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Volume 09 No. 03
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Accepted Papers


Nocturia and Disturbed Sleep: Where Do We Stand?

Pooja Budhiraja, M.D.
Southern Arizona VA HealthCare System, Tucson, AZ

Nocturia is defined as waking up one or more times at night to void,1 and is a common affliction among elderly.2,3 The prevalence of nocturia increases across age groups to more than 50% reporting 2 or more voids per night at age of 70.3 Higher prevalence of nocturia in this age group is multifactorial, and possible contributing causative factors include impaired bladder voiding, reduced bladder capacity, decreased vasopressin levels at night, increased comorbid conditions, and sleep disturbances.4

Nocturia has been associated with lower quality of life, cardiovascular disease, mortality, falls, and hip fractures.5,6 It has been suggested that decreased quality of life and some of the adverse health outcomes could be due to sleep disruption from nocturia.7 Several studies have looked at self reported sleep measures and suggest a causal association between nocturia and poor sleep after controlling for confounders such as diabetes mellitus, congestive heart failure, and diuretics.8 These studies used questionnaires or survey and report poor sleep quality, increased awakening, difficulty in falling back to sleep, decreased total hours of sleep, and daytime fatigue in subjects with nocturia.911 In these studies, sleep histories were not validated with objective measures such as wrist actigraphy or polysomnography (PSG).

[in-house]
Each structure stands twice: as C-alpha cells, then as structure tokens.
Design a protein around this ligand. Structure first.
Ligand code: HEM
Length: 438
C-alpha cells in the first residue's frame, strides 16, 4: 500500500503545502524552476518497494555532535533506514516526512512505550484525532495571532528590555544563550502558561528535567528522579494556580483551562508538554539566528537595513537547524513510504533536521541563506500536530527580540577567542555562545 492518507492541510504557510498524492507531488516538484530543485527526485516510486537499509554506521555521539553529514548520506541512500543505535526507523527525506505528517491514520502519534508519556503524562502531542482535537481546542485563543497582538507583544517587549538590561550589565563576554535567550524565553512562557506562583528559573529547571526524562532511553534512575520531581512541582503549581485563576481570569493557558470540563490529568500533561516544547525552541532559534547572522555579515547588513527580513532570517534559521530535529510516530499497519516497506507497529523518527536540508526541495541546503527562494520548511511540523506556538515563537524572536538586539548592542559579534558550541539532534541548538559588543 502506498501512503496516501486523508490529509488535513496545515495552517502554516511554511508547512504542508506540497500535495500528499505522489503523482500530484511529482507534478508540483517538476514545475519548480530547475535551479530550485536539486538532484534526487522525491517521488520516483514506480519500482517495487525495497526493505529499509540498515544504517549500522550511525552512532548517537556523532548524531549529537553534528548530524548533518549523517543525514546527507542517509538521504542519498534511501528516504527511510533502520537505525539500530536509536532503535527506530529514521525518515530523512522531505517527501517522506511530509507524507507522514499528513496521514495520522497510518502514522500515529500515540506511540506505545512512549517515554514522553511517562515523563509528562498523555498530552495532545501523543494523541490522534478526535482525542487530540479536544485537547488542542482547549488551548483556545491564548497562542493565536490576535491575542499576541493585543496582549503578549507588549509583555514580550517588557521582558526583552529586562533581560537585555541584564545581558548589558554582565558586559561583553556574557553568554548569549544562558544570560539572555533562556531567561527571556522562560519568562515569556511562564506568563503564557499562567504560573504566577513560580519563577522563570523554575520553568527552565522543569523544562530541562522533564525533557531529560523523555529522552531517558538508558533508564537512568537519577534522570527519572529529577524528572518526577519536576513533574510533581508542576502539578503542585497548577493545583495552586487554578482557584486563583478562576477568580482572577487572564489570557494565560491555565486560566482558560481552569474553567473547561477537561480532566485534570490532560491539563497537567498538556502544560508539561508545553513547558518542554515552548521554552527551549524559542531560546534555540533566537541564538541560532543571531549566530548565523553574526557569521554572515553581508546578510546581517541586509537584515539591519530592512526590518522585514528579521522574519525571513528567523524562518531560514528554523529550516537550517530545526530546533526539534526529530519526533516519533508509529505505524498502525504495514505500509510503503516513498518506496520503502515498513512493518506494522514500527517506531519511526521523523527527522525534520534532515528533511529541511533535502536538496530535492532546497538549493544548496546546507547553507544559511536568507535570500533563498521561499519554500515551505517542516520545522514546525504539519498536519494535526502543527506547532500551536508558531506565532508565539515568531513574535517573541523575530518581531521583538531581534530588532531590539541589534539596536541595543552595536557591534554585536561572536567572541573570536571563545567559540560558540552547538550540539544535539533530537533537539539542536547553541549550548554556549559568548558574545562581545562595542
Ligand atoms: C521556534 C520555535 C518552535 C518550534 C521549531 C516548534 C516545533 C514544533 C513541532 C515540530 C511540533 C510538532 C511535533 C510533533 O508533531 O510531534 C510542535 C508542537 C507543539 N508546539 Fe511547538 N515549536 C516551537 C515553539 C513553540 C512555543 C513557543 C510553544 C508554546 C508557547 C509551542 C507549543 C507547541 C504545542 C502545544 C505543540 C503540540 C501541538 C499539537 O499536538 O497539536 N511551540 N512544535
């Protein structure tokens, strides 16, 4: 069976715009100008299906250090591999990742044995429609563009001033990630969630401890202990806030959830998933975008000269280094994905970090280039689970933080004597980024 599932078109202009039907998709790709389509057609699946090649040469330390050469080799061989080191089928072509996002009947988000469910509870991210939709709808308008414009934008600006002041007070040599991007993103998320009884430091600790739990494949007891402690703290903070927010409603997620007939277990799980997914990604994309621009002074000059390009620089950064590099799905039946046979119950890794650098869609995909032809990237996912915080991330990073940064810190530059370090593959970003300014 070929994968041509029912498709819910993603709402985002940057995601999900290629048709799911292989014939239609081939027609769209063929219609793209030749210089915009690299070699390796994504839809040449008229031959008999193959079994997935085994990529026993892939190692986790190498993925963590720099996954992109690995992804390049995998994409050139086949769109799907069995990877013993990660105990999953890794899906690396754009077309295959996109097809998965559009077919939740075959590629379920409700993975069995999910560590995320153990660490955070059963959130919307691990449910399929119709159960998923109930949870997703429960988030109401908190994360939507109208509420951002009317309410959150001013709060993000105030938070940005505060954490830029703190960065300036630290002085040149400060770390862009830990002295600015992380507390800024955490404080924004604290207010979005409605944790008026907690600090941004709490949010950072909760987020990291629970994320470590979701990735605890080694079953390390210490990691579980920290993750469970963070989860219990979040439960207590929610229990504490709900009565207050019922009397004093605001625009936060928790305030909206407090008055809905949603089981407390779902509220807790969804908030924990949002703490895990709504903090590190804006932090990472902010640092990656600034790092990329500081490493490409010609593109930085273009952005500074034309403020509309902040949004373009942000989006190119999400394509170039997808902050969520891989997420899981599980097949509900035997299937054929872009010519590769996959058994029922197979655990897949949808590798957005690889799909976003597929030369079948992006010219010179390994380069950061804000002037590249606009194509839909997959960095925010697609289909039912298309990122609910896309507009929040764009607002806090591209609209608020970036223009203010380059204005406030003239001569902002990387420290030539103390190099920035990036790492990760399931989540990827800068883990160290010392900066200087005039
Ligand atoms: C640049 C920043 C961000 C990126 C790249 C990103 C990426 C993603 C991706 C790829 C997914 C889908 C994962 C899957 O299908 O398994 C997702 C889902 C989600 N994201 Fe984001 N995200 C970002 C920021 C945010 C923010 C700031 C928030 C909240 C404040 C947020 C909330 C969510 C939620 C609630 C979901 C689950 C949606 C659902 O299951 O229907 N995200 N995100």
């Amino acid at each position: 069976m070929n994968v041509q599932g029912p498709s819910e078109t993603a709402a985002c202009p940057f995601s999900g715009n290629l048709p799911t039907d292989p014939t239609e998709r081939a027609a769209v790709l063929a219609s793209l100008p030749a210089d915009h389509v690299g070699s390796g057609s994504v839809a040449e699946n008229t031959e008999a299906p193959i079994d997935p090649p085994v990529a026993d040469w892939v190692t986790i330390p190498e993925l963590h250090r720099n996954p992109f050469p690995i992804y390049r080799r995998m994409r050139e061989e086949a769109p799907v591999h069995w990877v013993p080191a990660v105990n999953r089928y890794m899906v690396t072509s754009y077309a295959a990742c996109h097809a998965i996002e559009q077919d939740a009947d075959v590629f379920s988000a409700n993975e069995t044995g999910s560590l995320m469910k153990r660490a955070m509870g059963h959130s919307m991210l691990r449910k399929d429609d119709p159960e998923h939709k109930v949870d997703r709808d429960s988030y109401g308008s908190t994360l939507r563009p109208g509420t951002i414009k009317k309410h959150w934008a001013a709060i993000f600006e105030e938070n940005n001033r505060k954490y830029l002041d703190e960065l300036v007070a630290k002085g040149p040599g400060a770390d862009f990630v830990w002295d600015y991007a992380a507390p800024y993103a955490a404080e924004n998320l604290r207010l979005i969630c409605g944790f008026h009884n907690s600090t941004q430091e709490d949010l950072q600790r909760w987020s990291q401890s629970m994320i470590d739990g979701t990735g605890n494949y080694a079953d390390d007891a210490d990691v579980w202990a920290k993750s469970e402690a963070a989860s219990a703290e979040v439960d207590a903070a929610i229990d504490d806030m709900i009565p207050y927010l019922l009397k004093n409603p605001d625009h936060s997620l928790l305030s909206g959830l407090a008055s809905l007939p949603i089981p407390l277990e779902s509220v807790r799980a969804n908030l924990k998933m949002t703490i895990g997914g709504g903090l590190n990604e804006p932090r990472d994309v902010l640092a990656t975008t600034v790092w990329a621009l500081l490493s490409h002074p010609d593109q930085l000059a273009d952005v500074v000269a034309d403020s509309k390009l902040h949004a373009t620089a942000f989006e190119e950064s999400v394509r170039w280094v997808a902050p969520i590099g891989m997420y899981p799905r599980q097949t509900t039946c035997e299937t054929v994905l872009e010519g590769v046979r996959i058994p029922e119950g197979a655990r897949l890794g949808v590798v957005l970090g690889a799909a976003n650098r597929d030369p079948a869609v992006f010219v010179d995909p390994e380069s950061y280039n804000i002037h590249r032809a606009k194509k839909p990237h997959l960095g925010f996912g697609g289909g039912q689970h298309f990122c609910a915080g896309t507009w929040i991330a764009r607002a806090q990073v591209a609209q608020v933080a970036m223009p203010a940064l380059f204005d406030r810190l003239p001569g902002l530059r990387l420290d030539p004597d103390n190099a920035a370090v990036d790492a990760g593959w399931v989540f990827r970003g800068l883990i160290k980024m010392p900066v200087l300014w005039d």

In a study by Parthasarathy et al. of 6,342 Sleep Heart Health Study subjects who had PSG and filled questionnaires about sleep habits that was summarized over 1 month, nocturia was associated with less total sleep period, poor sleep efficiency, higher arousal index, and sleep disordered breathing (SDB). These objective sleep parameters were not adjusted for SDB and other factors.12 The primary aim of the study was to understand if the association between nocturia and cardiovascular disease was independent of SDB. Another study looked at objective sleep measure of sleep using PSG in 20 subjects with benign prostate hypertrophy. Nocturia was associated with increased daytime sleepiness but not with sleep efficiency or total sleep time. This was a small study, only 70% had nocturia, and more than half also had had sleep apnea.13